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The role of bHLH-LZ transcription factors on epigenetic programming during cell proliferation and differentiation

Final Activity Report Summary - UMSCEP (The role of bHLH-LZ transcription factors on epigenetic programming during cell proliferation and differentiation)

Metastatic melanoma represents a great challenge for cancer therapies because of its increasing frequency and its notorious resistance to chemotherapy. Constitutive pigmentation of the skin and the tanning response in response to ultra-violet (UV) increase protection against UV-induced deoxyribonucleic acid (DNA) damage and thus prevent melanoma formation. A key question is to identify the intracellular and genetic mechanisms that control differentiation in melanocytes leading to pigmentation and proliferation in melanoma. In melanocytes, the expression of several key genes is highly regulated by a cell type-specific bHLH-LZ transcription factor Mitf that controls differentiation, cytoskelatal organisation, survival and proliferation of melanoblasts, melanocyte stem cells and melanoma. The ubiquitously expressed basic-helix-loop-helix leucine zipper upstream stimulating transcription factors (USF-1 and USF-2) also regulate the expression of the same target genes after binding specific consensus elements E-box (CANNTG).

The main goal of this project was to understand which were the mechanisms that controlled the respective and specific actions of these transcription factors, essential for melanocytes and melanoma progression. We focussed our study on the master regulator gene of pigmentation tyrosinase (TYR), whose expression was constitutively and after UV irradiation induced by the USF and Mitf transcription factors. By the use of different cellular models and molecular techniques, such as immunoprecipitation of chromatin and real time polymerase chain reaction (PCR), we described for the first time an accurate regulation of the transcription of TYR after UV, associated with a spatial and temporal regulation of promoter occupancy by the bHLH-LZ. We showed that it was not only Mitf but also USF transcription factors that played a crucial and cooperative function for the regulation of TYR expression. Regulation of this expression was associated with the recruitment of the transcriptional machinery onto the promoter. Since the comprehension of molecular processes was crucial for the understanding of normal cells stability and melanoma formation, we planned to widen these results for other target genes, involved in cytoskelatal organisation, survival and proliferation of melanoblasts, melanocyte stem cells and melanoma.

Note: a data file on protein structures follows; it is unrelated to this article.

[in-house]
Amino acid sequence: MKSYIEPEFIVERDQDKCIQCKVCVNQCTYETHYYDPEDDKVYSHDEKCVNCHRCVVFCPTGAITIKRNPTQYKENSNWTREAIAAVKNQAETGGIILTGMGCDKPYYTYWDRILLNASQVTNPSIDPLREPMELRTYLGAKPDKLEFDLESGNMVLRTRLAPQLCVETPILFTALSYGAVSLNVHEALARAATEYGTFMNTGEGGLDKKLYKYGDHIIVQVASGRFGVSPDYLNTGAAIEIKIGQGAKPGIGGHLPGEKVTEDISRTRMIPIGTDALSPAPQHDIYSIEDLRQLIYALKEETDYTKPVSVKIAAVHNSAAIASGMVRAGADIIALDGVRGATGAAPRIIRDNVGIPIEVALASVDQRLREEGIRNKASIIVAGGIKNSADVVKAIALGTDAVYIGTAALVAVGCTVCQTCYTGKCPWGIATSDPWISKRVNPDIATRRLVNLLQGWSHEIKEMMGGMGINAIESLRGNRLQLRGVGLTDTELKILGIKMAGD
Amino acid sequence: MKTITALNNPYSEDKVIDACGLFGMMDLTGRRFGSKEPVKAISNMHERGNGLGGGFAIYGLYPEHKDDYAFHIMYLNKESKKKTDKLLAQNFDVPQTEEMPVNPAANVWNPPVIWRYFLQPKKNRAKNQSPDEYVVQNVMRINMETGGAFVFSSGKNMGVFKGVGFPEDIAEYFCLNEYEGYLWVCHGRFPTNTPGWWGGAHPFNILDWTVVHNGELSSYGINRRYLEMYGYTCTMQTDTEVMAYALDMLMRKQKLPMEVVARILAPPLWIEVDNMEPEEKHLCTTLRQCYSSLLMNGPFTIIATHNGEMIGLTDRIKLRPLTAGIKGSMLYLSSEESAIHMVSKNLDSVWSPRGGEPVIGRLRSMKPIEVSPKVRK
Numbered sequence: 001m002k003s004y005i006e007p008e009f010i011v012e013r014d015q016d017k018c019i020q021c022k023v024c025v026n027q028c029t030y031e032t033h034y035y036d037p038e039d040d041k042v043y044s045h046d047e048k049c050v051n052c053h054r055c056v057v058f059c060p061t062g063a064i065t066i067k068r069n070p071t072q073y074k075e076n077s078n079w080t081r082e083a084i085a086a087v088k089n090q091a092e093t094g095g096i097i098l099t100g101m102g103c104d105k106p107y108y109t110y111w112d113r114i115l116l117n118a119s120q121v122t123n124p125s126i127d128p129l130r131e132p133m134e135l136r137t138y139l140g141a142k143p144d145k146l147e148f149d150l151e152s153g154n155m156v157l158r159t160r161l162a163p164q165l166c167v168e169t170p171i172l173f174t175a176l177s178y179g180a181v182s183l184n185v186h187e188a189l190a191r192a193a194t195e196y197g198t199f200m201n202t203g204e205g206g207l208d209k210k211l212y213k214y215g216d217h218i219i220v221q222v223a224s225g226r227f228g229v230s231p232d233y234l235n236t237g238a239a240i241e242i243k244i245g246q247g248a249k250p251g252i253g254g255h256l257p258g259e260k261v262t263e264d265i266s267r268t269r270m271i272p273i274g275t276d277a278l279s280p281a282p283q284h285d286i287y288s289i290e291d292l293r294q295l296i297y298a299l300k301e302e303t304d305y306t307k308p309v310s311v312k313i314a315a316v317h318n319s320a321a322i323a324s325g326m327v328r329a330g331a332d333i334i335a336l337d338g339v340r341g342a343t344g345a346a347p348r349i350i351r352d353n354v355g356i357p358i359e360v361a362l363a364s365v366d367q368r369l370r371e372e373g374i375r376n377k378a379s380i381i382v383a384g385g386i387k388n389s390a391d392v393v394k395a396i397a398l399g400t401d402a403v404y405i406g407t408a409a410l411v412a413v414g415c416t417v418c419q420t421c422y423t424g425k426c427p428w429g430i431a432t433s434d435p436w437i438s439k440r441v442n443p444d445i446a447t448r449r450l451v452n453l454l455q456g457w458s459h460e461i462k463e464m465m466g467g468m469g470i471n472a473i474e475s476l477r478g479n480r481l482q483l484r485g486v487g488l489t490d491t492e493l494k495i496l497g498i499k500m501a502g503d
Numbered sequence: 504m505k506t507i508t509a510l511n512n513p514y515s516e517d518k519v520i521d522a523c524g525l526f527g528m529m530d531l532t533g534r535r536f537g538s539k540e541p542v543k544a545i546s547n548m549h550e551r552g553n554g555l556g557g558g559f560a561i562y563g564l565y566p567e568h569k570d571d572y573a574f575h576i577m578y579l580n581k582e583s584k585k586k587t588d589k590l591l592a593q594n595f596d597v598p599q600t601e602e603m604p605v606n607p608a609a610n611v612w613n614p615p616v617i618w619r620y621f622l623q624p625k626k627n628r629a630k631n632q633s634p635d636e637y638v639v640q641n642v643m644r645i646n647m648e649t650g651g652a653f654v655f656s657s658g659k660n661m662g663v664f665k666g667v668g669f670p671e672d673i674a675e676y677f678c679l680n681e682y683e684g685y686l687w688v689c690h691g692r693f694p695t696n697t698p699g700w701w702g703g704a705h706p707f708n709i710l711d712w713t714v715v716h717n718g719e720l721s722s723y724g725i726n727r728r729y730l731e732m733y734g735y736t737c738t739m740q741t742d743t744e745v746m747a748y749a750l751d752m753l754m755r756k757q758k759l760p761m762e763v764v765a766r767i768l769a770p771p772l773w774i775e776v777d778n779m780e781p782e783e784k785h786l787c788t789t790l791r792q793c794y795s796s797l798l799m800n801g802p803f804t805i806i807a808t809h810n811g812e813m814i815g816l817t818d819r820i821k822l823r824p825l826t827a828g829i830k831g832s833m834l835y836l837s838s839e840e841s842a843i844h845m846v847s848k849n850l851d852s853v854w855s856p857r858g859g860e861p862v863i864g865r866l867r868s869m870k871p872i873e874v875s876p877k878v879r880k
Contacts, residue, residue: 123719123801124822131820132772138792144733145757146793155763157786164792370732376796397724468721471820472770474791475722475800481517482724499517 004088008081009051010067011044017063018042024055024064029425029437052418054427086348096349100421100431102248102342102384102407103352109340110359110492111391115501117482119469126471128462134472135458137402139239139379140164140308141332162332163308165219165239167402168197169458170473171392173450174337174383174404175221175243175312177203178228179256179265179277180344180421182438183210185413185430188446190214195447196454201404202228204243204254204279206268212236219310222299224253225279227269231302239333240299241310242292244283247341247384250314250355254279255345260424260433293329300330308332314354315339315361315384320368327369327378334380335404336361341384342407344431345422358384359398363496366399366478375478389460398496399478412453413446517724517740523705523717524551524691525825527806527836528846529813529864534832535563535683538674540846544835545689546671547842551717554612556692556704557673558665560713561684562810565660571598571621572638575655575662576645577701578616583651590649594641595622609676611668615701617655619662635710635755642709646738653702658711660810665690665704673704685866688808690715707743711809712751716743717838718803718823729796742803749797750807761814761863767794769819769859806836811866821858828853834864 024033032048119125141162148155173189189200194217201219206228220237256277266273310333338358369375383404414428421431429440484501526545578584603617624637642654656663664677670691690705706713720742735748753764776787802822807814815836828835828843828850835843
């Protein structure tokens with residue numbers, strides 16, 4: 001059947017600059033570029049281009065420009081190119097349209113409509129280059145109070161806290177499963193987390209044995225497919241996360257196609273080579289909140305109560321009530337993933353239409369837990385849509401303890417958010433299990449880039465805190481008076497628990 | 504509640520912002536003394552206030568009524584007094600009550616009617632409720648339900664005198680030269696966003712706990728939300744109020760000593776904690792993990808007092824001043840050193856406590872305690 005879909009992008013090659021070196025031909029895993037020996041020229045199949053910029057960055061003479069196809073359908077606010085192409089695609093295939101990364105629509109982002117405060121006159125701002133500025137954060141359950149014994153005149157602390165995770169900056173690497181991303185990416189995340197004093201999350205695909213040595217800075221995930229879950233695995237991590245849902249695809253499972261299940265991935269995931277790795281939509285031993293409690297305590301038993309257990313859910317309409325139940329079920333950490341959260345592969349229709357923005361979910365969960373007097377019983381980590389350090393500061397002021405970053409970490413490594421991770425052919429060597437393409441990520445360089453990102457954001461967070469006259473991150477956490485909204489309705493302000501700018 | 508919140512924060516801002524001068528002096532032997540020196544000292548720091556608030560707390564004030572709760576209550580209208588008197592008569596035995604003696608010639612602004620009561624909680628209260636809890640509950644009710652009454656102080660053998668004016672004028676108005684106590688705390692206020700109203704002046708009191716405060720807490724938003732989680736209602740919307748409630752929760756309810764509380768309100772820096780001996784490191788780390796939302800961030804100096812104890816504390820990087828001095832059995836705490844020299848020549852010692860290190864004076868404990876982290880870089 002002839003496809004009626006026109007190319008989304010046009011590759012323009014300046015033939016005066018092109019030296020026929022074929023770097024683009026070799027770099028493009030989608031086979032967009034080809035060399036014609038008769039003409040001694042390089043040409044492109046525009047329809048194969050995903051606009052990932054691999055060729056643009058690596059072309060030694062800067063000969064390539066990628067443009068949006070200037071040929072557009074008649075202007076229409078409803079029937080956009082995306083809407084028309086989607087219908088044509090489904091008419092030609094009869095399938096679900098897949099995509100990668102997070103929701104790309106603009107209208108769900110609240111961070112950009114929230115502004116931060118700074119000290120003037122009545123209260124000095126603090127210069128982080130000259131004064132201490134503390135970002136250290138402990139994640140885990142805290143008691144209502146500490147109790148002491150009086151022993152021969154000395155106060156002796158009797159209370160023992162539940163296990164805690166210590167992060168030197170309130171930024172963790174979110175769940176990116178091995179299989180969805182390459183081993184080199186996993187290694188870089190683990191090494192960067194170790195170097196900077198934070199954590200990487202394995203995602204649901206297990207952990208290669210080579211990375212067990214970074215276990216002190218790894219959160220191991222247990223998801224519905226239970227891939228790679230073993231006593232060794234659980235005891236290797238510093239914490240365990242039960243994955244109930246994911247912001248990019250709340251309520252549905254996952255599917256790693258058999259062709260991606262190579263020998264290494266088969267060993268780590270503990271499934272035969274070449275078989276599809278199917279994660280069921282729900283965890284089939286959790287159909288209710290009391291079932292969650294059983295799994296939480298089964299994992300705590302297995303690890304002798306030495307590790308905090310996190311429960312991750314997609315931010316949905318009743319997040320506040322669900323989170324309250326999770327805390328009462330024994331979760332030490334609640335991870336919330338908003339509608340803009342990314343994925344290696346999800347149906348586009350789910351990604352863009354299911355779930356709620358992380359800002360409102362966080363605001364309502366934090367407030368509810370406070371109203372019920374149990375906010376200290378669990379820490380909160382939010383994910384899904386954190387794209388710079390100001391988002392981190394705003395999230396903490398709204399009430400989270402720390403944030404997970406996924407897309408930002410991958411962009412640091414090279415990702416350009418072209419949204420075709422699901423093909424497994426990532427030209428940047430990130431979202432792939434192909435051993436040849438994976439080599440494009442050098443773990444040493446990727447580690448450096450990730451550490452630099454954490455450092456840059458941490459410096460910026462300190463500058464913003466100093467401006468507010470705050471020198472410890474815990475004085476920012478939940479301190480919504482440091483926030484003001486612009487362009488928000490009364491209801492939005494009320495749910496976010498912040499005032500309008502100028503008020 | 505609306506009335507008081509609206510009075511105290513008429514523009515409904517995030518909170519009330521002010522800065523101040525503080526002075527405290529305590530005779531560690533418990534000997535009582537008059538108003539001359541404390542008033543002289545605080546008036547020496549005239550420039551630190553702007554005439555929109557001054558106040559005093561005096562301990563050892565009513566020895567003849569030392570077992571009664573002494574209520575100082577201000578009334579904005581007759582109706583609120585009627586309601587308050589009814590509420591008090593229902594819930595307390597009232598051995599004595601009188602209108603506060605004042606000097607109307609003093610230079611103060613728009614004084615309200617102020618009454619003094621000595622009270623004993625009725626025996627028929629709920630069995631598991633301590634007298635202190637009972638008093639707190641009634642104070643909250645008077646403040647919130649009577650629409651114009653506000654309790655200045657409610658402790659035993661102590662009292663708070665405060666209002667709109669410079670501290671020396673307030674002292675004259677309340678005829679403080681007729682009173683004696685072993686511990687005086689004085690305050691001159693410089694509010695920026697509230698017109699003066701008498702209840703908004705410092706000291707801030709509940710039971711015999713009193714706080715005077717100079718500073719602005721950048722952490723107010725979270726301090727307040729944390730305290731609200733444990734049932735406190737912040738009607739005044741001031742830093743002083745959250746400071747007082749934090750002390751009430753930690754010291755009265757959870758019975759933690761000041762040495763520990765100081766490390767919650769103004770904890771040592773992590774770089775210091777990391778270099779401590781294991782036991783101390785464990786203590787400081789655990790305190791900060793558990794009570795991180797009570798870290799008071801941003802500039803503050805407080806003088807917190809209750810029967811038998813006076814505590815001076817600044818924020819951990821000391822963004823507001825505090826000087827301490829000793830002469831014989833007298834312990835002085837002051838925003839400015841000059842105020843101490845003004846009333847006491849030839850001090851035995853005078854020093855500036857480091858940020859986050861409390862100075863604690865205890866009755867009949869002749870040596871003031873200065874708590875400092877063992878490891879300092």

During the two years of the fellowship, I also addressed an important question regarding how transcription factors interpreted the output from signal transduction pathways to drive distinct programs of gene expression that underpinned development and disease. The ubiquitously expressed USF-1 was a key component of the tanning process. Following UV irradiation, USF-1 was phosphorylated by the p38 stress-activated kinase on threonine 153 and directly up-regulated the expression of several genes, such as proopiomelanocortin (POMC), melanocortin-1 receptor (MC1R), TYR, tyrosine-related protein (TYRP-1) and dopachrome tautomerase (DCT). However, the way in which phosphorylation on T153 might affect the activity of USF-1 remained unclear. We showed here that, in response to DNA-damage, oxidative stress and cellular infection USF-1 was acetylated on K199 in a phospho-T153 dependent fashion. Phospho-acetylated USF-1 was nuclear and interacted with DNA, but displayed altered gene regulatory properties. Phospho-acetylated USF-1 was thus proposed to be associated with loss of transcriptional activation properties towards several target genes implicated in pigmentation process and cell cycle regulation. The identification of this critical stress-dependent USF-1 modification offered new insights into understanding USF-1 gene expression modulation associated with cancer development.

The project set out to address a key question in biology, i.e. how cells established and maintained a programme of gene expression that determined their identity. This was relevant to both genetic diseases of development and cancer where mechanisms that implemented the cell identity or the role of USF were deregulated. Moreover the project would also address the role of USF in gene regulation in general, which was particularly important given that the deregulation of USF was also implicated in a wide number of diseases, such as hyperlipidemia and diabetes. Understanding how USF influenced Mitf activity would therefore be of particular relevance to cancer metastasis in general.